The video below is a short exchange between Richard Dawkins and Bill O’Reilly. I’ve come to expect nonsense from O’Reilly, and I have a fairly low opinion of what Dawkins writes regarding theology, while considering his science writing second to none.
What caught my attention here was the accusation that Dawkins is mocking God. More and more, I see this accusation used against anyone who doesn’t accept someone’s religious beliefs and has the audacity to challenge them. I’ve expressed a certain disdain for what Dawkins writes about theology, but I believe he has the right to say that.
Is what he says “mocking God”? Well, he’s an atheist. He doesn’t believe in God. What exactly do you expect him to say?
Thus I can be regarded as blaspheming Islam because I don’t believe that Mohammed was a prophet. In turn, a Christian might think a Muslim was blaspheming Jesus because he doesn’t believe Jesus is divine. If you believe something isn’t true, well, you believe it isn’t true!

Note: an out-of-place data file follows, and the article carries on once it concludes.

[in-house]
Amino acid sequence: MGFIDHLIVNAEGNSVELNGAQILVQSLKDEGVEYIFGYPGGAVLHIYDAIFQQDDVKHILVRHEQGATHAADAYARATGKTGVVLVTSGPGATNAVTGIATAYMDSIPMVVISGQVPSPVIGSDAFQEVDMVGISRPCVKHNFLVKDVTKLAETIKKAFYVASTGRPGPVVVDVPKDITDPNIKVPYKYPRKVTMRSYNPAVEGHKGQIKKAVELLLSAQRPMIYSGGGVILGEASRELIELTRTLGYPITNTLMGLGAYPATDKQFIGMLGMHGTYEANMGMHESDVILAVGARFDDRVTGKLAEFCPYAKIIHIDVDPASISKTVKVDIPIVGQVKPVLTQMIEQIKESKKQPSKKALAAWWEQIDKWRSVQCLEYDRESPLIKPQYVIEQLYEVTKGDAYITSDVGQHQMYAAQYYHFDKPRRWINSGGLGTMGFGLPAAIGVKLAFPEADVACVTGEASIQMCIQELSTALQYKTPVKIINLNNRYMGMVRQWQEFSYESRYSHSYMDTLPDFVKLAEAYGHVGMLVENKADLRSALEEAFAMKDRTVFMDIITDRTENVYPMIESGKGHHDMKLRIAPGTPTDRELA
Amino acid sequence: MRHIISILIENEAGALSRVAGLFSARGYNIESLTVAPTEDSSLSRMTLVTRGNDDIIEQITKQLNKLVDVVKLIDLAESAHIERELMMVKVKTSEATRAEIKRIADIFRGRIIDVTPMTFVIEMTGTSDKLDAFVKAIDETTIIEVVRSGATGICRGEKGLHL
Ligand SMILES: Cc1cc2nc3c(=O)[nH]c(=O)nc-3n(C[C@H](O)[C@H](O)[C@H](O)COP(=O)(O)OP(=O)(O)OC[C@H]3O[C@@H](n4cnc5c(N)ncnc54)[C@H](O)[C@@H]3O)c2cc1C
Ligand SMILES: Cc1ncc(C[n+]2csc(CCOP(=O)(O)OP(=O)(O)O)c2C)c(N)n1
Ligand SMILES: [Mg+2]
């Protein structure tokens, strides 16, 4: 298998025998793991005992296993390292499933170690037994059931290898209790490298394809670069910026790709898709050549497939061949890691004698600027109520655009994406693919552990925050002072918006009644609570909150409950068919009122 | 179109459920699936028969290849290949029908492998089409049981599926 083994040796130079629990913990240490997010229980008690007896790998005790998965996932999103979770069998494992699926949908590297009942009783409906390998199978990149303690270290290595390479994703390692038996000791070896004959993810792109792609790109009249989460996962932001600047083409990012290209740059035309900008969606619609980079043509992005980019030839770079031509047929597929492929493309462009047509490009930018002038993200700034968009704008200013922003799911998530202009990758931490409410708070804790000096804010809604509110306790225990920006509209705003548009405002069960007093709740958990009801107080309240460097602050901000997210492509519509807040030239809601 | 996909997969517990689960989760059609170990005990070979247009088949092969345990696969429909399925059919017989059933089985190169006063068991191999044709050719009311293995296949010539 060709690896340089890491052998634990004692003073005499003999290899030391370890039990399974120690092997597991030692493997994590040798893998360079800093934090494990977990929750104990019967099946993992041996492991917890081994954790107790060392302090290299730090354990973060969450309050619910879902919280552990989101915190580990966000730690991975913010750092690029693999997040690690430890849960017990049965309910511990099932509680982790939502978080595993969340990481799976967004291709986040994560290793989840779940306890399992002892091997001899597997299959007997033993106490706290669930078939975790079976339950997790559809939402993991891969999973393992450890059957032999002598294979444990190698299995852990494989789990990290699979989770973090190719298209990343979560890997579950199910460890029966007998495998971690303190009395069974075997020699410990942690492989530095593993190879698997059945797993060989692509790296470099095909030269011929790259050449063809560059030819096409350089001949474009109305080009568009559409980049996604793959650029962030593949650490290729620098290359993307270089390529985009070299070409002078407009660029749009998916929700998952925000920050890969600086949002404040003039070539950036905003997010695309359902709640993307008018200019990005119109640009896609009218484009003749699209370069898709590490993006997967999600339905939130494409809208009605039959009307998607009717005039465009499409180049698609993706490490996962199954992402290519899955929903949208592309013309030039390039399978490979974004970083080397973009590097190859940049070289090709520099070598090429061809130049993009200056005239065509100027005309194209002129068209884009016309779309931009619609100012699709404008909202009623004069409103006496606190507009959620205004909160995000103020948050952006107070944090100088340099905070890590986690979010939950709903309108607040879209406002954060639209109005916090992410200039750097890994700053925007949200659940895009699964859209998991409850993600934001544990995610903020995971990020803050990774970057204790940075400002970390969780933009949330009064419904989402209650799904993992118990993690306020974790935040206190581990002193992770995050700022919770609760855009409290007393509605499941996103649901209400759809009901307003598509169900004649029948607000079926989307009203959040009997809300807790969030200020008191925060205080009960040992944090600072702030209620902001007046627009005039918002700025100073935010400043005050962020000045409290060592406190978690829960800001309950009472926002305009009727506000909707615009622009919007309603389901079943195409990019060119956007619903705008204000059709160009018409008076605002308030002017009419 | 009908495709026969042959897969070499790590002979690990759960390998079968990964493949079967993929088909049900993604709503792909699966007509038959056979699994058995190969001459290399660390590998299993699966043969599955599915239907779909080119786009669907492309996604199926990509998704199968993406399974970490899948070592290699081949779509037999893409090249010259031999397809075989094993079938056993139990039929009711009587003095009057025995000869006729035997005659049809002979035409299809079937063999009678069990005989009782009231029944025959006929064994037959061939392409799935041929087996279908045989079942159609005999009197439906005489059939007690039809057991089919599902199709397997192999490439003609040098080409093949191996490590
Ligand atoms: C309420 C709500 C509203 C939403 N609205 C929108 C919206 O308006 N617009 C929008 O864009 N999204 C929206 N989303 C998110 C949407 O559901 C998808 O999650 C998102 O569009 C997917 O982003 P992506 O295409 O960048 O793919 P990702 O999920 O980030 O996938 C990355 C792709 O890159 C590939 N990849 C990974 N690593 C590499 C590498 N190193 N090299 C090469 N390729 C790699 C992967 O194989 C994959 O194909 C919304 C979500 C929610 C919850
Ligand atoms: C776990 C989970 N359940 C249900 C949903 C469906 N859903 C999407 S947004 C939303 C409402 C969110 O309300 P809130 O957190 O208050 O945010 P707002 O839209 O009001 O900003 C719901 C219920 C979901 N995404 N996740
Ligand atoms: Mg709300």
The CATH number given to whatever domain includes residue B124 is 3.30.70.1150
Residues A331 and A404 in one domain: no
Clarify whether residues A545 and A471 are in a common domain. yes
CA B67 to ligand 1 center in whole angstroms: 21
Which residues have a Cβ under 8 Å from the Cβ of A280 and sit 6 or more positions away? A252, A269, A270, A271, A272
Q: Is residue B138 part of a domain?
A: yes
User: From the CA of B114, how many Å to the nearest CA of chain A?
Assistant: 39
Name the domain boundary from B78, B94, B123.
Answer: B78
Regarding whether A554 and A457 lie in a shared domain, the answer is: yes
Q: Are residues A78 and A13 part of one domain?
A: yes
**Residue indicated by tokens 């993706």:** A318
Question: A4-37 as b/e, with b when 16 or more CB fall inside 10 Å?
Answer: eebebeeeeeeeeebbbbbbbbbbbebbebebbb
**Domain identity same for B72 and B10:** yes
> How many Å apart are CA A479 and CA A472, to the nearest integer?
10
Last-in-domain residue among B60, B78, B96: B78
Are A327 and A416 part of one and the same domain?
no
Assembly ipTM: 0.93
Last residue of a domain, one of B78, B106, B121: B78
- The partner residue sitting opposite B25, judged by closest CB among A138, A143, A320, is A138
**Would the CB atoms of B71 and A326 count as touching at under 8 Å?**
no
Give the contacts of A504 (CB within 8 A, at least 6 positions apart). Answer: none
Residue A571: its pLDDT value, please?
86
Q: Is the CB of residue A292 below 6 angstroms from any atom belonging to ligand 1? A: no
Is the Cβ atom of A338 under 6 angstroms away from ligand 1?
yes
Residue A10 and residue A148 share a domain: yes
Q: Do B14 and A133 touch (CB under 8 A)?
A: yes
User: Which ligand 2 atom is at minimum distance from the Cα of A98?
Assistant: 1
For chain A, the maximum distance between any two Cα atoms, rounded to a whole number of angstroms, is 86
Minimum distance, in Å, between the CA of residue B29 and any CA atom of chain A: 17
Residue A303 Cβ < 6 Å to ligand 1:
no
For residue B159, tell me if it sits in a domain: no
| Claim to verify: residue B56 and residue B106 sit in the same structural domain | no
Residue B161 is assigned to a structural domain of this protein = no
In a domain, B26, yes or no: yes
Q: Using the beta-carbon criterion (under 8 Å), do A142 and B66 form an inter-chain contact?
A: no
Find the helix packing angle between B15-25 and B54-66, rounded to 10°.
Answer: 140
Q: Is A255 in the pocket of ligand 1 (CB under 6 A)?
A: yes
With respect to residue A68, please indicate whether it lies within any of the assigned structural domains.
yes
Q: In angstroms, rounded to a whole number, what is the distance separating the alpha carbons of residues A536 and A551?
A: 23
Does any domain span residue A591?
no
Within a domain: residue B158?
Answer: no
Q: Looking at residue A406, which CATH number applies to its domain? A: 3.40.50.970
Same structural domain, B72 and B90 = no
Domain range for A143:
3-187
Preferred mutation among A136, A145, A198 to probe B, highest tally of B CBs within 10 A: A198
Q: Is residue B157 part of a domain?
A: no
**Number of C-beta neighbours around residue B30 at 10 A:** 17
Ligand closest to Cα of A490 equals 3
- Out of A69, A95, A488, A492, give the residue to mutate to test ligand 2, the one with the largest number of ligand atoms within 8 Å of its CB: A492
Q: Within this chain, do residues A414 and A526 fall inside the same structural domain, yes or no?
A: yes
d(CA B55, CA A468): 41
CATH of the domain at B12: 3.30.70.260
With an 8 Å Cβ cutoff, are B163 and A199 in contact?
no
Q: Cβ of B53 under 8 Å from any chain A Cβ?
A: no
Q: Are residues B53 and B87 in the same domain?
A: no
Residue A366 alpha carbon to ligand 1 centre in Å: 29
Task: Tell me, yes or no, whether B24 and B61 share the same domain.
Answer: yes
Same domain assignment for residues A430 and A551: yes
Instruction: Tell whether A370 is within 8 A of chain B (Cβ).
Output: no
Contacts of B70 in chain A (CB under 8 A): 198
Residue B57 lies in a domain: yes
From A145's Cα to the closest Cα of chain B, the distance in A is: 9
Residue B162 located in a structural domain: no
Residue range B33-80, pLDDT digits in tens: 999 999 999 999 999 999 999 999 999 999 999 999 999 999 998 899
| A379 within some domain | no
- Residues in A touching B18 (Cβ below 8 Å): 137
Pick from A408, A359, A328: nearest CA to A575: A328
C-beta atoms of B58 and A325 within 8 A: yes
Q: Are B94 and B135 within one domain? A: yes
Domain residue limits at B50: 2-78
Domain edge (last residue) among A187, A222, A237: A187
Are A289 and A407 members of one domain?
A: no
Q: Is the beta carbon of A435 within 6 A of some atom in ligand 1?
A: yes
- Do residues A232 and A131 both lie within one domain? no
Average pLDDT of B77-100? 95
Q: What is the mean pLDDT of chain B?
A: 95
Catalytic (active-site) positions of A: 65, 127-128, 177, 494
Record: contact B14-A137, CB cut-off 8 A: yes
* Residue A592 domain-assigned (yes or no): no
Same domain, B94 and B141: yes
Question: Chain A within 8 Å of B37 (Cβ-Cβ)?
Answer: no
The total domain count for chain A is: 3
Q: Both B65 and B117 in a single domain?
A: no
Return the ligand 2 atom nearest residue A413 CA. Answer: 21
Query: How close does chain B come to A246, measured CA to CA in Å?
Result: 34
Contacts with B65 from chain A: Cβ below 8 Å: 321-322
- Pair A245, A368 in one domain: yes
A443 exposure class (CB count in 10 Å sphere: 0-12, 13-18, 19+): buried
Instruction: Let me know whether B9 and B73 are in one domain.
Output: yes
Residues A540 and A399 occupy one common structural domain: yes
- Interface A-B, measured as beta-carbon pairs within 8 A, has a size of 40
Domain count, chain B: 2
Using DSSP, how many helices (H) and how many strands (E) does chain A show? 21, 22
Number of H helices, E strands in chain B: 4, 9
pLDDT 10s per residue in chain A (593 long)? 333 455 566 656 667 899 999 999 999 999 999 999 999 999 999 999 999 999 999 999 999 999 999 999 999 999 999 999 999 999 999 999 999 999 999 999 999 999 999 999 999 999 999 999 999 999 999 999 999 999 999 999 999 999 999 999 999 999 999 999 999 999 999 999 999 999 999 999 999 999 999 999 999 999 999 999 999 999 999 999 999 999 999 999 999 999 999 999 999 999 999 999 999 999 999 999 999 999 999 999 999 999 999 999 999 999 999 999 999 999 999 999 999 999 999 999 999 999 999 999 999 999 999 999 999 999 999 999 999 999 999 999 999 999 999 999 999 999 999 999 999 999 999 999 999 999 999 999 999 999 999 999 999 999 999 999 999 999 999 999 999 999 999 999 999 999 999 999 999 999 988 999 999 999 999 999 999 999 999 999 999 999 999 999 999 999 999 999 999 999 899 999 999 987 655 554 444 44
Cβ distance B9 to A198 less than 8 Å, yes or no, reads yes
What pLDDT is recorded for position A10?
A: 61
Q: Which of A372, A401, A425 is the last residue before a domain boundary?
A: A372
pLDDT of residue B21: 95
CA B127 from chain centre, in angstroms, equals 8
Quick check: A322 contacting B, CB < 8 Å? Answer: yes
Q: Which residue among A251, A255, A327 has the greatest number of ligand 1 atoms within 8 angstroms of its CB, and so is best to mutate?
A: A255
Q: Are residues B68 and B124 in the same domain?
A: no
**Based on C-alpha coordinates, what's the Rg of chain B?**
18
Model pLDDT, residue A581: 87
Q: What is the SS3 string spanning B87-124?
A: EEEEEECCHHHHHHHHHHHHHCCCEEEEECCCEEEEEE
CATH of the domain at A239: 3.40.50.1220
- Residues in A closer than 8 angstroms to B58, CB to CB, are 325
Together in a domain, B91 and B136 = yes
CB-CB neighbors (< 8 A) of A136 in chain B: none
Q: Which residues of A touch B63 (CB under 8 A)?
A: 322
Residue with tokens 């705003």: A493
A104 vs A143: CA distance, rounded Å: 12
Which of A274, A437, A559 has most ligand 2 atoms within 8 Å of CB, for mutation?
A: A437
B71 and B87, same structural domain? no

Dawkins is bound to think the core story of Christianity is myth (understood in the derogatory sense), because he doesn’t believe it’s true, either as history, or as a good, effective myth (seen in the more positive sense). I may disagree. I may dislike what he has to say. I may even think his language is intemperate from time to time, but that fact still remains.
But expressing it in a children’s book? Again, I have the right to produce a children’s book based on my theological beliefs, entwining them in the story. Is this not also acceptable when done by someone else with different beliefs?
Just because faith is involved shouldn’t mean that it’s unacceptable for each person to express their point of view, and defend it, even vigorously.